This course, part 2 of a 2-course sequence, examines the history of rock, primarily as it unfolded in the United States, from the early 1970s to the early 1990s. This course covers the music of Led Zeppelin, the Allman Brothers, Carole King, Bob Marley, the Sex Pistols, Donna Summer, Michael Jackson, Madonna, Prince, Metallica, Run-DMC, and Nirvana, and many more artists, with an emphasis both on cultural context and on the music itself. We will also explore how developments in the music business and in technology helped shape the ways in which styles developed.

Average: 10 (3 votes)
Dec 5th 2016

The Music of the Beatles will track the musical development of the band, starting from the earliest days in Liverpool and Hamburg, moving through the excitement of Beatlemania, the rush of psychedelia, and the maturity of Abbey Road. While the focus will be on the music, we will also consider how recording techniques, the music business, the music of other artists, and the culture of the 1960s affected John, Paul, George, and Ringo as they created the Beatles repertory.

Average: 9.8 (4 votes)
Dec 5th 2016

An introduction to modern astronomy's most important questions. The four sections of the course are Planets and Life in The Universe; The Life of Stars; Galaxies and Their Environments; The History of The Universe.

Average: 7 (3 votes)
Dec 5th 2016

This course will survey the music of the Rolling Stones, beginning with the roots and first formation of the band in the early 1960s, and following the group through the release of It's Only Rock 'n' Roll in late 1974.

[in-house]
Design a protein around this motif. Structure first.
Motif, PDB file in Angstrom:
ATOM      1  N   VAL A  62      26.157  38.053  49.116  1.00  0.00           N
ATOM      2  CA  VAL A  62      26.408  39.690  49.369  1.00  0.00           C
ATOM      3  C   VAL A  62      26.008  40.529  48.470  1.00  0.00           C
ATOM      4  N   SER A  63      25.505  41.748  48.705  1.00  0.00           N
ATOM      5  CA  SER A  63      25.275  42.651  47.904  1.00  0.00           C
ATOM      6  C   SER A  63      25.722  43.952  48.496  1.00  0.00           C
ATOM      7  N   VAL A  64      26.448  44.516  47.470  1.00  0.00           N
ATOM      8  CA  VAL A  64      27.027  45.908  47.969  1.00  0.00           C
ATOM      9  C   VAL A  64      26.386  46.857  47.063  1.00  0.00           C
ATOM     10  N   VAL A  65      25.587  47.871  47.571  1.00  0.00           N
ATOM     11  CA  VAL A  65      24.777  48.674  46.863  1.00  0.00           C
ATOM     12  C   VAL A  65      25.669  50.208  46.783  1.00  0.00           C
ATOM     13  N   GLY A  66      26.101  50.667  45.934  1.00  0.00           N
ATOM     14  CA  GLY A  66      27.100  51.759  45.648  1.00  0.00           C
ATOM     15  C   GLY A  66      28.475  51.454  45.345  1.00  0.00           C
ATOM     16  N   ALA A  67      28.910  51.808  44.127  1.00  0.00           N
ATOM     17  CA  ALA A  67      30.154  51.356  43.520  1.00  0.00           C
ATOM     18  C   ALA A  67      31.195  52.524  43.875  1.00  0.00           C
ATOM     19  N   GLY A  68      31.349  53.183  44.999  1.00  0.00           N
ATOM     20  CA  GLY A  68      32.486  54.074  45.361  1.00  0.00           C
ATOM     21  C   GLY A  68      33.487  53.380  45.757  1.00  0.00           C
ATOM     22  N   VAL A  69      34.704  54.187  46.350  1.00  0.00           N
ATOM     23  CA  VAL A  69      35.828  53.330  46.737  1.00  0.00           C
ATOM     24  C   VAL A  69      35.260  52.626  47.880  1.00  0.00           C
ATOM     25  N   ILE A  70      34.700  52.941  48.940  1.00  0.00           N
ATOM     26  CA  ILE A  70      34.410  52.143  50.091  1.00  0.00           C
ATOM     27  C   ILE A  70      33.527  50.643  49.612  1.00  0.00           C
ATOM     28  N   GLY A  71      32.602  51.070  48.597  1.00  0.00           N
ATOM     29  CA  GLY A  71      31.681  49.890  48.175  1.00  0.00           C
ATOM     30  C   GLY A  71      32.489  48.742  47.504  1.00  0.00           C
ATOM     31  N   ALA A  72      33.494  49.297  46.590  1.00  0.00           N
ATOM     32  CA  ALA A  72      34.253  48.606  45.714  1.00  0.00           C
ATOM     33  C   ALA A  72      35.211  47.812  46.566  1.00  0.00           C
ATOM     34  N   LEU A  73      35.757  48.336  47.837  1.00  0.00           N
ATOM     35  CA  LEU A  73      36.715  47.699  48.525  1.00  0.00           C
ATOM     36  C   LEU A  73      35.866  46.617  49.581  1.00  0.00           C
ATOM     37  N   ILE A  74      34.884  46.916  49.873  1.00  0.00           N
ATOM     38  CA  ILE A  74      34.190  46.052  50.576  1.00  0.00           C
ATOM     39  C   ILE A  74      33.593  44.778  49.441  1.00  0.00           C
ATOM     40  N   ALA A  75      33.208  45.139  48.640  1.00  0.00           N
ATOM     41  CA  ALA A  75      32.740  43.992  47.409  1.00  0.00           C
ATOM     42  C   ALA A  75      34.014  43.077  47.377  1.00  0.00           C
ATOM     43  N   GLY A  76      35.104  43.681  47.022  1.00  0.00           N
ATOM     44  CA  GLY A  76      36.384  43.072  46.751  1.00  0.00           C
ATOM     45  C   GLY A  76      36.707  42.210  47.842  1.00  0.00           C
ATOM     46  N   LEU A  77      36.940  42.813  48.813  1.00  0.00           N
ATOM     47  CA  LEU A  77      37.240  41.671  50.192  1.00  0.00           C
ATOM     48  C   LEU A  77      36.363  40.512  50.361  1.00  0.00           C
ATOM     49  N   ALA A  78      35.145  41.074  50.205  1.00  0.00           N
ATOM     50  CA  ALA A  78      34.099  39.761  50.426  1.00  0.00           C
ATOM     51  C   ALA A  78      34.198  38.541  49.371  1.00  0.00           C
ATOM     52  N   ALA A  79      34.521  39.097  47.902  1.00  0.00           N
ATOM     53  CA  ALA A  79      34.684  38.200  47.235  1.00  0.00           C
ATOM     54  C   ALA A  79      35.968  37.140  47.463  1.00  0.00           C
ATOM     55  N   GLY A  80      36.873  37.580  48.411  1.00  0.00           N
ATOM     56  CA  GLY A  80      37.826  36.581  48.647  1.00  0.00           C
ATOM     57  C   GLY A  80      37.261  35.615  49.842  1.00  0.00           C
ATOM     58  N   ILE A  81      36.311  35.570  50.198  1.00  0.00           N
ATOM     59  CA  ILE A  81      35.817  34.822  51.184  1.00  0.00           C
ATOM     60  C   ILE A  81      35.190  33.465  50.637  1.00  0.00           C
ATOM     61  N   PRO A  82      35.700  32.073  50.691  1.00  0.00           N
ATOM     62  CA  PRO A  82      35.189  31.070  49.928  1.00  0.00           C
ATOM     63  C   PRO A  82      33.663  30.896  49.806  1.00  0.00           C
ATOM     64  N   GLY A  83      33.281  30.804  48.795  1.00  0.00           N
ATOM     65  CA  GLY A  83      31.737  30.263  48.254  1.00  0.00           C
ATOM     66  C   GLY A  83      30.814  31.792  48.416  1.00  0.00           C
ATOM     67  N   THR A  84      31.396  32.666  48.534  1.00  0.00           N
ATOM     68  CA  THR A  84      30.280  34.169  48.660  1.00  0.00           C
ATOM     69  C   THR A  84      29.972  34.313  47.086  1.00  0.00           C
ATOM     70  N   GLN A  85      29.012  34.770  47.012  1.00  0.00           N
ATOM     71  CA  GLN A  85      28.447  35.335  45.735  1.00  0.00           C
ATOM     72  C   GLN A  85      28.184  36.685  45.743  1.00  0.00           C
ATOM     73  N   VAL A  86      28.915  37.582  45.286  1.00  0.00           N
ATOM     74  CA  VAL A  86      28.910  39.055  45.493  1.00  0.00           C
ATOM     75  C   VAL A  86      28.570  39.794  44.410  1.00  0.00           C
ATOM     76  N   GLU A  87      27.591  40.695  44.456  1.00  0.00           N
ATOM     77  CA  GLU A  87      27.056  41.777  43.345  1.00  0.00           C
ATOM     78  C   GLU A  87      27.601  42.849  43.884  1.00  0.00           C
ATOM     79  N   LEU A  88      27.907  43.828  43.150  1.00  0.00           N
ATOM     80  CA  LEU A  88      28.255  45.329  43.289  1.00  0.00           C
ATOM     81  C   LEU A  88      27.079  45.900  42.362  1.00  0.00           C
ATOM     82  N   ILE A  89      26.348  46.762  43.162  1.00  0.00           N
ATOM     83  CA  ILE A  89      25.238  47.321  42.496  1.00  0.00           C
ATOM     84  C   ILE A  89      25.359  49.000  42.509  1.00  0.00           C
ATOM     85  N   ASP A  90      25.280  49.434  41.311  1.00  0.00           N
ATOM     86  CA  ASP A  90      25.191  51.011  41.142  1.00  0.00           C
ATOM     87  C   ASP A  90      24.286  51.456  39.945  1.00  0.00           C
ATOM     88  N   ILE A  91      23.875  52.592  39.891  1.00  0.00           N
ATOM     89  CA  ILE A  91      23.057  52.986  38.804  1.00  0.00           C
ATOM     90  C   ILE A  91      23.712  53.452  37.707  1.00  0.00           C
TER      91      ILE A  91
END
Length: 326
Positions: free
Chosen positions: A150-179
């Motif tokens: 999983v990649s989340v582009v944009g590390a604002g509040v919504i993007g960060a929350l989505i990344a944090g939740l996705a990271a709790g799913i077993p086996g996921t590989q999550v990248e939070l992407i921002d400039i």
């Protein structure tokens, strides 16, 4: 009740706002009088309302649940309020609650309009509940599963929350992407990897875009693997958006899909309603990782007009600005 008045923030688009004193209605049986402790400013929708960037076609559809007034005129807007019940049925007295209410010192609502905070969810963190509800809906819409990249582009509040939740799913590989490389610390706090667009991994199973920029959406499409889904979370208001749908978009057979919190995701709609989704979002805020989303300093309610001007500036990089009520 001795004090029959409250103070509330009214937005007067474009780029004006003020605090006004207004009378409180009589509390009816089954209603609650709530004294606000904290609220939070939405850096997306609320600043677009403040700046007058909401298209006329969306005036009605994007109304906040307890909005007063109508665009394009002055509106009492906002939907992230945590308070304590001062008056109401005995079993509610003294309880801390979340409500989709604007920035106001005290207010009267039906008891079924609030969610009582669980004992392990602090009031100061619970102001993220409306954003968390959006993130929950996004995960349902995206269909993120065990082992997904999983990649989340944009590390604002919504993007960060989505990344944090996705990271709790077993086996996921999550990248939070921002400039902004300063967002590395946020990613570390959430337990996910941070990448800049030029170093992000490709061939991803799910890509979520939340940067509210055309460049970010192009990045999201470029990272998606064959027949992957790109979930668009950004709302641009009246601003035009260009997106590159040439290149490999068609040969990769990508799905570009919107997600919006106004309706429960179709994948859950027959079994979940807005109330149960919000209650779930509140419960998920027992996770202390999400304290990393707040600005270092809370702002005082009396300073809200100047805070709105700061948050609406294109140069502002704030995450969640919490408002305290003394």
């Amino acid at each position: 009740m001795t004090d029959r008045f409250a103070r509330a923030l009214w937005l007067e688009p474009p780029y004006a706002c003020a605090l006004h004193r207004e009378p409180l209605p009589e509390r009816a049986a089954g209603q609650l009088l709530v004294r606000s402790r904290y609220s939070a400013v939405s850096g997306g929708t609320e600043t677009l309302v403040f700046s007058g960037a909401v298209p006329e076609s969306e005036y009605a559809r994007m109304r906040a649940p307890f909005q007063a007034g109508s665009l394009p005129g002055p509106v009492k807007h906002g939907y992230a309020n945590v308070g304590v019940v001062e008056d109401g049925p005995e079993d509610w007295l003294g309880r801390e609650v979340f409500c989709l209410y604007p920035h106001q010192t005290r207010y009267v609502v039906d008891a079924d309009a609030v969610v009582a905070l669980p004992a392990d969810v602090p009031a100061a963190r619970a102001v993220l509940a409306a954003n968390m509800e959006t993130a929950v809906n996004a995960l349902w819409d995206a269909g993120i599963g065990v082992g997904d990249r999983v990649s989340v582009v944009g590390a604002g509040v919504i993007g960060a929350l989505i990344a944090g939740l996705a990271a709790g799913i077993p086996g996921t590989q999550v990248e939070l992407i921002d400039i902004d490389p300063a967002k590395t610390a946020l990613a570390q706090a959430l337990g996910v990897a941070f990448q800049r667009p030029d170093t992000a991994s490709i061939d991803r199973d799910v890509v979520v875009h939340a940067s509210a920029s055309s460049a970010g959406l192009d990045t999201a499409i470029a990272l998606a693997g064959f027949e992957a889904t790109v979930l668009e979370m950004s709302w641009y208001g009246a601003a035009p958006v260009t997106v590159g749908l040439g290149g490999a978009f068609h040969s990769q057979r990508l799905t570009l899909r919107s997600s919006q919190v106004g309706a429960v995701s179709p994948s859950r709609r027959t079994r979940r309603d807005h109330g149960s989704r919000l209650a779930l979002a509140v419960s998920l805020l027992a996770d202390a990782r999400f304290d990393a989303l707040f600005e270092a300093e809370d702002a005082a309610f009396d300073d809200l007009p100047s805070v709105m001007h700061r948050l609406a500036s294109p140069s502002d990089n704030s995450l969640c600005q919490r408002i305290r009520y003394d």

Average: 4.4 (9 votes)
Nov 14th 2016

The blues is an American art form and the most important musical form in jazz. Although there are other formal paradigms of the blues, such as 8-bar or 16-bar, this course focuses on different incarnations of the 12-bar blues. There are considerable differences between Early Jazz blues, Swing blues, Bebop blues, Modal blues, and Post Bop blues. Each type has its unique harmonic syntax, melodic vocabulary and, associated with them, improvisational techniques. While other aspects of jazz performance practice have been constantly changing from one stylistic convention to another, the blues has never lost its identity and expressive power, and continues to exert a powerful influence on the harmonic and melodic syntax of jazz.

Average: 5.6 (8 votes)
Nov 14th 2016

New ideas based on high-technology research have a high failure rate because they hit the ground running with lopsided priorities and misalignments. Students complete this course with an Innovation Creed (“Why are you doing this?”) and a customized Idea Filter (“Are you working on the right priorities?”)—2 simple tools that steer concept-stage commercialization to success.

Average: 1 (2 votes)
Nov 4th 2013

The course will give you the tools with which to understand and predict market phenomena. A large dose of real-world applications will be provided along the way. These applications illustrate the power and relevance of underlying microeconomic theory while providing you a valuable opportunity to put the theory into practice.